Media representatives are allowed to observe a hearing in which Mills addresses pending motions from both sides. After ruling on several motions, Mills retires to consider whether or not to dismiss the 46 invasion of privacy charges against Strong.
The Maine Supreme Judicial Court votes 6-1 to reverse Mills’ ban of media on the jury selection proceedings.
Mills dismisses the 46 invasion of privacy charges against Strong. In her ruling, Mills said that although patrons of Strong's accused co-conspirator Alexis Wright of Wells may have expected privacy in their dealings, Mills couldn't "find an objective expectation of privacy that society would be prepared to accept."
The state files an appeal of Mills’ decision.
Lilley files a motion to dismiss the state’s appeal.
The state files an objection to Lilley’s motion to dismiss the state’s appeal.
Lilley associate Tina Nadeau files a brief “in opposition” to the state’s appeal of Mills’ decision to dismiss the 46 invasion of privacy charges. The brief is submitted via email Jan. 27 and hand-delivered to the court Jan. 28.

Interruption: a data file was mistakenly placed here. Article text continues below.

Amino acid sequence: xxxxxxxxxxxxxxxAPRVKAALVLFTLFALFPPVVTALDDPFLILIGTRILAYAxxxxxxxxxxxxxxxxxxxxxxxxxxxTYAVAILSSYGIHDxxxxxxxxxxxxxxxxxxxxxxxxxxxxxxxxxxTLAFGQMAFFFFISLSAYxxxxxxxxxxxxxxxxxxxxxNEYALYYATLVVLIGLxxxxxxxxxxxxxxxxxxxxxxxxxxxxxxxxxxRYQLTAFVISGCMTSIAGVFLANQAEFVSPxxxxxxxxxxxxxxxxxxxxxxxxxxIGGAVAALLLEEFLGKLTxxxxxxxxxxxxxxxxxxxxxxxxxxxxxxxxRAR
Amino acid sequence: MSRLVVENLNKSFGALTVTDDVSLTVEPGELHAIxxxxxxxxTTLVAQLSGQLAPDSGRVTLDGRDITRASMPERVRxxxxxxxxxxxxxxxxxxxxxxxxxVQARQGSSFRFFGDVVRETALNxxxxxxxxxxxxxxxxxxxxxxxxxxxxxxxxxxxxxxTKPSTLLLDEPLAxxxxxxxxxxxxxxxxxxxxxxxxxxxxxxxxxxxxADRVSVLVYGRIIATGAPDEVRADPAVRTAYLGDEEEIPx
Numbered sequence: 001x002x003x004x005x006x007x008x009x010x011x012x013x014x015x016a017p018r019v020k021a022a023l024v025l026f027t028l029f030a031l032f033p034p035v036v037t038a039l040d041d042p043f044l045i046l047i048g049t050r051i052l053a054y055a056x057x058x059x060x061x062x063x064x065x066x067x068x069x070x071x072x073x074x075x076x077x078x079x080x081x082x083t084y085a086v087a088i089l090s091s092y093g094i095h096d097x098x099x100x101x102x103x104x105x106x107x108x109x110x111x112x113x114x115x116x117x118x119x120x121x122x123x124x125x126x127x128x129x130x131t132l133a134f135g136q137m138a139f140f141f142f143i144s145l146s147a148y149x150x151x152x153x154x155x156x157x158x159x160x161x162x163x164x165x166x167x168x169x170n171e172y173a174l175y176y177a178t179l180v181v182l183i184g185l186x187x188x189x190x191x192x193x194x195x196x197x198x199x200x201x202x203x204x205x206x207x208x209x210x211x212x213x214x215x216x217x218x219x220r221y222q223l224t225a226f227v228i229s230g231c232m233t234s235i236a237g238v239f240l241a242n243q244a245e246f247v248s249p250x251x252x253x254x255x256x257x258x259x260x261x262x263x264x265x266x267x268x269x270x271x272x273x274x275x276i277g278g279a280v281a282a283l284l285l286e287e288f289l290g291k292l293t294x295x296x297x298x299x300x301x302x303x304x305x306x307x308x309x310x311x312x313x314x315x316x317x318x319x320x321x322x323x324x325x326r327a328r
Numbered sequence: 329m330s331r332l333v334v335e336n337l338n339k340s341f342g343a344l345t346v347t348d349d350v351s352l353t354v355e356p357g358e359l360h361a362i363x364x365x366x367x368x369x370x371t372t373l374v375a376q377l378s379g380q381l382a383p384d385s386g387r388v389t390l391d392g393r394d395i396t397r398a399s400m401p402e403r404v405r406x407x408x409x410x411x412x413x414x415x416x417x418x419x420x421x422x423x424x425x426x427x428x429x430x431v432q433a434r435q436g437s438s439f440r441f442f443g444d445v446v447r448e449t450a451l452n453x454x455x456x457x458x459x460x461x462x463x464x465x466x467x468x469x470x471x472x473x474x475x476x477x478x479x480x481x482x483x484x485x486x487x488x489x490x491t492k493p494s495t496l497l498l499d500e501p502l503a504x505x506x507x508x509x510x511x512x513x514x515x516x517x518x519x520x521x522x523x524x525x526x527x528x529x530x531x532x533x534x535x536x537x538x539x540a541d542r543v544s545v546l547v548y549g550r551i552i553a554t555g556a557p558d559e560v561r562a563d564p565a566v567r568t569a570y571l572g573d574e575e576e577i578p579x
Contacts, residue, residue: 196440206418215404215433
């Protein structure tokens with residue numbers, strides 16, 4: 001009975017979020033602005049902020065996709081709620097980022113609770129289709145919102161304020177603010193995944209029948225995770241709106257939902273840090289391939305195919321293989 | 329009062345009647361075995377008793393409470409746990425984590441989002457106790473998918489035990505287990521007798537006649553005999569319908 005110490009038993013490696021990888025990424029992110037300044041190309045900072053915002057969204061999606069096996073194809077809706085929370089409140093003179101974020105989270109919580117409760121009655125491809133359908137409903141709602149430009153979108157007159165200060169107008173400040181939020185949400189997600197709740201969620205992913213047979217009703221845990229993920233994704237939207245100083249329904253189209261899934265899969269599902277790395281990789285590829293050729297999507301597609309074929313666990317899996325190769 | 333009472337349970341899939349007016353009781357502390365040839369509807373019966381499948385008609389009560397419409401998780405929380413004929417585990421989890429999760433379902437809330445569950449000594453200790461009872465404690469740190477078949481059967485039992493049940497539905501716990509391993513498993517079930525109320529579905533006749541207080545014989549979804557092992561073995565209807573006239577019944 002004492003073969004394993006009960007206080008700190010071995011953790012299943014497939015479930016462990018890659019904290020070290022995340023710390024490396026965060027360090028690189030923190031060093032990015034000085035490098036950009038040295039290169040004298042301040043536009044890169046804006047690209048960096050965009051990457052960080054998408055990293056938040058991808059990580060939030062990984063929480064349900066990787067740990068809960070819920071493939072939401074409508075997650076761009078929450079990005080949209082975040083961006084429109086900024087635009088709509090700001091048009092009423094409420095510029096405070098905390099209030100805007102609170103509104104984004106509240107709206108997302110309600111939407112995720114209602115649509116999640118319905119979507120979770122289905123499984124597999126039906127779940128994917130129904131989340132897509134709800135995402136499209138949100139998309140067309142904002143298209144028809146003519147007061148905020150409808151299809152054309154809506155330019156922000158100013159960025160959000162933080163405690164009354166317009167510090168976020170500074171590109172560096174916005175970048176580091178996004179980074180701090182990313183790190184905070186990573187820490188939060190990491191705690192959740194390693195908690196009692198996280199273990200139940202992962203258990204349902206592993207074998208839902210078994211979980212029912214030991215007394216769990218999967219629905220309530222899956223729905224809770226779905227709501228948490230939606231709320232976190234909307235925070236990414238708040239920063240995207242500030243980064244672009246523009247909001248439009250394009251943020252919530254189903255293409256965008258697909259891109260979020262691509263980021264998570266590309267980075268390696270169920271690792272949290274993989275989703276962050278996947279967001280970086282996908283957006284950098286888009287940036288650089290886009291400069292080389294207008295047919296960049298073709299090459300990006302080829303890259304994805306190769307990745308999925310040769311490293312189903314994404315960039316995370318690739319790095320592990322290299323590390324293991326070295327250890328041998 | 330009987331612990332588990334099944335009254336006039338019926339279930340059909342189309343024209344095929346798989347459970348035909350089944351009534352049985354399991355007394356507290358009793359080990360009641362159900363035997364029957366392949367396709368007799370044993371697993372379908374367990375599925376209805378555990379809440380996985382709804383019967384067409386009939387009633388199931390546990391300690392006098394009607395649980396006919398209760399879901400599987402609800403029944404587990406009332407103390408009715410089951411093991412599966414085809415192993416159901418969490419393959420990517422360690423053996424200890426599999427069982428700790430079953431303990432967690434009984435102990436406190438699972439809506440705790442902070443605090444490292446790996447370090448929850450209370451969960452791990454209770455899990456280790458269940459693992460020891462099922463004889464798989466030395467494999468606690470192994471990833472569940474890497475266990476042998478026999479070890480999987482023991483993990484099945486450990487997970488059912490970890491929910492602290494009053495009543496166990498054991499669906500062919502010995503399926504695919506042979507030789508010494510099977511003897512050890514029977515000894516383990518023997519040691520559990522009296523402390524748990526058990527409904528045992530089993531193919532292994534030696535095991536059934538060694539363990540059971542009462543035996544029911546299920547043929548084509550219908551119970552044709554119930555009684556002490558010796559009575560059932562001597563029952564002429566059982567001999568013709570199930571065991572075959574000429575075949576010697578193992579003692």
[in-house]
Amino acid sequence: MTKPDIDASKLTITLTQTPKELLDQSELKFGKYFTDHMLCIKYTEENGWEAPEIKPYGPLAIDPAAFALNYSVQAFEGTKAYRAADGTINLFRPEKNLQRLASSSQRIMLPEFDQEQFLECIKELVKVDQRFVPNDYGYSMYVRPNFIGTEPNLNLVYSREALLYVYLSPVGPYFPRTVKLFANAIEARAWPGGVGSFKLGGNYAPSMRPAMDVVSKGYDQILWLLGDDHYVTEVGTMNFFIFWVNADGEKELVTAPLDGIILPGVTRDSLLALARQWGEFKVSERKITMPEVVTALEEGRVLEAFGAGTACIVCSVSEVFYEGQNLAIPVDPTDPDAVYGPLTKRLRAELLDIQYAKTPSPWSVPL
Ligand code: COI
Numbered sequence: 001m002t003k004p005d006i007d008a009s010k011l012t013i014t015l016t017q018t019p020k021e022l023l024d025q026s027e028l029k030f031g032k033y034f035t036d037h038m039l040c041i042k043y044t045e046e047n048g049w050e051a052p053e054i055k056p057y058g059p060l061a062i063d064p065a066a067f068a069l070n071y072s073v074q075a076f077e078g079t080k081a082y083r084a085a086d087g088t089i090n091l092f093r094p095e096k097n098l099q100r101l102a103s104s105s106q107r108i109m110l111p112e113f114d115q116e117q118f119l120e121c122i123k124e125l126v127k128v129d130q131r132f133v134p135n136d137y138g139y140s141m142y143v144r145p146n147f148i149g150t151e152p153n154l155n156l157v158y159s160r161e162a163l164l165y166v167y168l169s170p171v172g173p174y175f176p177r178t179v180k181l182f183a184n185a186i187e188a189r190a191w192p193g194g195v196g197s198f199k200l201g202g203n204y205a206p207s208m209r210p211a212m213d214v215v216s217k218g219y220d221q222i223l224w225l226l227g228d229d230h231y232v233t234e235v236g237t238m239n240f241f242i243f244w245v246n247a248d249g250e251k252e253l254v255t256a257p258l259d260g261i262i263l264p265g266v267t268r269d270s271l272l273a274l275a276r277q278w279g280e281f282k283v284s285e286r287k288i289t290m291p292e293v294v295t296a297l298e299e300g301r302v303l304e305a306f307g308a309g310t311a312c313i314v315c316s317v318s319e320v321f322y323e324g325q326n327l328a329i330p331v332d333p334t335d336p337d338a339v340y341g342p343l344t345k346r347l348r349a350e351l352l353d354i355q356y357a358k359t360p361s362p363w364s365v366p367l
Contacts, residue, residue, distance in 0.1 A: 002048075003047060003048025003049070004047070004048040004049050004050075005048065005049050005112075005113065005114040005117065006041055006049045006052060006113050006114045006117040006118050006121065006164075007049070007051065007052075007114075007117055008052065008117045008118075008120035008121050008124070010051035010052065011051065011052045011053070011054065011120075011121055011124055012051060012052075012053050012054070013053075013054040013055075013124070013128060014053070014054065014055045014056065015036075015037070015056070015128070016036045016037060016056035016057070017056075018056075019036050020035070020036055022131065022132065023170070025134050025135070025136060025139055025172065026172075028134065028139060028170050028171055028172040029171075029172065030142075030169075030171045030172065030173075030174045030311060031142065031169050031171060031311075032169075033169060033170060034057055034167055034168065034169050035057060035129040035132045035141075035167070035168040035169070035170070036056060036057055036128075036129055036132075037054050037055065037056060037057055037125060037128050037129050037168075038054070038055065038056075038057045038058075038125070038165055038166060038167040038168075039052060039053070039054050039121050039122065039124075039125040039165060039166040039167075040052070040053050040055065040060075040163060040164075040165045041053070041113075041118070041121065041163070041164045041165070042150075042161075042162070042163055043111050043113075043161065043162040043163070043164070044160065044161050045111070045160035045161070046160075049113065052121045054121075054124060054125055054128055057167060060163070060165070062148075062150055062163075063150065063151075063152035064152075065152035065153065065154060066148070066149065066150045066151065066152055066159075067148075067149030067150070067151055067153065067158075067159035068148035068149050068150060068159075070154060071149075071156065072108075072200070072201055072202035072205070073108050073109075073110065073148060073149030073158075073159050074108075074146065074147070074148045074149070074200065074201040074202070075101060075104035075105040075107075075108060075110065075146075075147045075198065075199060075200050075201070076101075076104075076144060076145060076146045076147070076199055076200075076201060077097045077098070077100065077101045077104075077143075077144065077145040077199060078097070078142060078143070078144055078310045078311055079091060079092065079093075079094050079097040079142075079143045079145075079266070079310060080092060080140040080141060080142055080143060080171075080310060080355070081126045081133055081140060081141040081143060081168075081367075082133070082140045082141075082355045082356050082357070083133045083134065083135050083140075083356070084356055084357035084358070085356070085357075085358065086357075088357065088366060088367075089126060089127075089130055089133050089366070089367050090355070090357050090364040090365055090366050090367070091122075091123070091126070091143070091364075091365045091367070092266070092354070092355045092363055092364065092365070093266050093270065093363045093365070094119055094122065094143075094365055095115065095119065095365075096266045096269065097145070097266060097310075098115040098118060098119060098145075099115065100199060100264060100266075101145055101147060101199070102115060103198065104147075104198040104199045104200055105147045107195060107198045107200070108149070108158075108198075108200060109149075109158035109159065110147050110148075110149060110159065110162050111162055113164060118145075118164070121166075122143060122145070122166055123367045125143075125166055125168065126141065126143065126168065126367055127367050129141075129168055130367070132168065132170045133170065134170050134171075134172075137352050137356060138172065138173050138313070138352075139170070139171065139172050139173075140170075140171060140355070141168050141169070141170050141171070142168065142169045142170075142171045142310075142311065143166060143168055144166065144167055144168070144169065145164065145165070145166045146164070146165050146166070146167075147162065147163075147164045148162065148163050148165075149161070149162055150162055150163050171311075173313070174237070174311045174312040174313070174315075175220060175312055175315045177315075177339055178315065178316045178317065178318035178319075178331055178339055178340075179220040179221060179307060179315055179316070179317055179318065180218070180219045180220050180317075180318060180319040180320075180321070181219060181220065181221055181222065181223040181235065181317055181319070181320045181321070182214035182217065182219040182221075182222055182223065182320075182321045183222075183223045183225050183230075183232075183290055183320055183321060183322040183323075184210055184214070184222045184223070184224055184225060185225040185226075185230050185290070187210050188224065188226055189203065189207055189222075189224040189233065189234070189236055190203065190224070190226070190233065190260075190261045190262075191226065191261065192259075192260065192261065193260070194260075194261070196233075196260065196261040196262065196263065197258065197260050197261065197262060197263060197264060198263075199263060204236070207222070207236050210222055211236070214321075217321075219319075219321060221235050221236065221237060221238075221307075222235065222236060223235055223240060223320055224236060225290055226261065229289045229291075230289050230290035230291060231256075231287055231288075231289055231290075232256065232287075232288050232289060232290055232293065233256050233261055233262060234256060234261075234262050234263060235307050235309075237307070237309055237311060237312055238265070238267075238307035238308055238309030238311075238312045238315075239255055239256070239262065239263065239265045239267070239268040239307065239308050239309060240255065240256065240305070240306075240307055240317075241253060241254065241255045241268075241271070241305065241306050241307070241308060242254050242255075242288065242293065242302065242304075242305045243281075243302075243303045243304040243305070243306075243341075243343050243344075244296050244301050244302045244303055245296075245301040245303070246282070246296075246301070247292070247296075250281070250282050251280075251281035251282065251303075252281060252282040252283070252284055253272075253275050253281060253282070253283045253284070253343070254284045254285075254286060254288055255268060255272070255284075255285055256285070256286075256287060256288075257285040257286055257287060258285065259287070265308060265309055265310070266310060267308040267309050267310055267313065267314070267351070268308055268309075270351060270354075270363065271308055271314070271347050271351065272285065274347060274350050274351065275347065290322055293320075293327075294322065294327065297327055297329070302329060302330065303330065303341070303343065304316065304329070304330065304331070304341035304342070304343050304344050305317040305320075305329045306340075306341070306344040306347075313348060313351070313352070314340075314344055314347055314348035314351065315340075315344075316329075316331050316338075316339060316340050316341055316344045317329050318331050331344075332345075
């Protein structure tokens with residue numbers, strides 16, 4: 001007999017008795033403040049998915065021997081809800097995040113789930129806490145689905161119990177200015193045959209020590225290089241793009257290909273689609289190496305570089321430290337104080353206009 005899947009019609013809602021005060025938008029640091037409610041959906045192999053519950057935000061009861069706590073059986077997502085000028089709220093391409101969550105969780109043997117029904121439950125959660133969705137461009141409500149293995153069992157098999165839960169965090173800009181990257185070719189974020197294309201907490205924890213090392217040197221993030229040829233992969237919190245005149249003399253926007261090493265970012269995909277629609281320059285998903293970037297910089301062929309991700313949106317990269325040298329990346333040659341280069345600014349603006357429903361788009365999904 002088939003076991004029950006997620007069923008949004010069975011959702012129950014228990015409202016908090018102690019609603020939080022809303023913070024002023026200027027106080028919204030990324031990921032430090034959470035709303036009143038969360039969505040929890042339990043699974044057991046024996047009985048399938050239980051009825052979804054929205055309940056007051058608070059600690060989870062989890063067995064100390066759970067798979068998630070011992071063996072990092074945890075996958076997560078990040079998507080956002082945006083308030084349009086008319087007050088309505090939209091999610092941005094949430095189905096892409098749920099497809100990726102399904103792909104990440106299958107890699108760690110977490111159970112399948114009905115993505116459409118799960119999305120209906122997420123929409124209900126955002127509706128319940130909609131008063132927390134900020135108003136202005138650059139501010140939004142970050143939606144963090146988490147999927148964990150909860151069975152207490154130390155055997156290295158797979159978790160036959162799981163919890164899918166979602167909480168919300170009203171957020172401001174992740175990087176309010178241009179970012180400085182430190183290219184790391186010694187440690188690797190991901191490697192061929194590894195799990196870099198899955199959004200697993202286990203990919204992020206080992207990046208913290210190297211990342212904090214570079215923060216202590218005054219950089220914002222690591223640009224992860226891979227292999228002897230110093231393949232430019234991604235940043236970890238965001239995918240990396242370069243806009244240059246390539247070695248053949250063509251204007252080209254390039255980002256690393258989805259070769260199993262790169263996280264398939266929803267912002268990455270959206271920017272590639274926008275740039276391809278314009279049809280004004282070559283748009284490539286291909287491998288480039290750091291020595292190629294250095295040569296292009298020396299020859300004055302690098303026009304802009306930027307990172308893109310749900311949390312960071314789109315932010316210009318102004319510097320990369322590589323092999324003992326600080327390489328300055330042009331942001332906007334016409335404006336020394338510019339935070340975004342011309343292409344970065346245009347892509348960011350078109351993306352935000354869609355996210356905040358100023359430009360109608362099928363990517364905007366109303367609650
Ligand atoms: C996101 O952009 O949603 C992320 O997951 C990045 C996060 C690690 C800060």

The Maine Supreme Judicial Court rules that Mills must make the decision as to whether to split the charges against Strong and proceed to trial with the promotion of prostitution charges while they debate the state's appeal of Mills’ dismissal of the 46 privacy-related charges.
According to published reports, Mills said she will not restart the jury selection process and that remaining members of the jury pool will remain on call through March 1. Mills also rules that she will not move forward with Strong's trial until the Maine Supreme Judicial Court makes its ruling on the dismissal of the 46 invasion of privacy charges.
The Maine Supreme Judicial Court releases order scheduling hearings on the state's appeal of the 46 invasion of privacy charges against Strong for Feb. 13 at 2:00 p.m., to be held in Portland.
Courier Publications reporter Bane Okholm can be reached at 594-4401 ext. 125 or by email at firstname.lastname@example.org.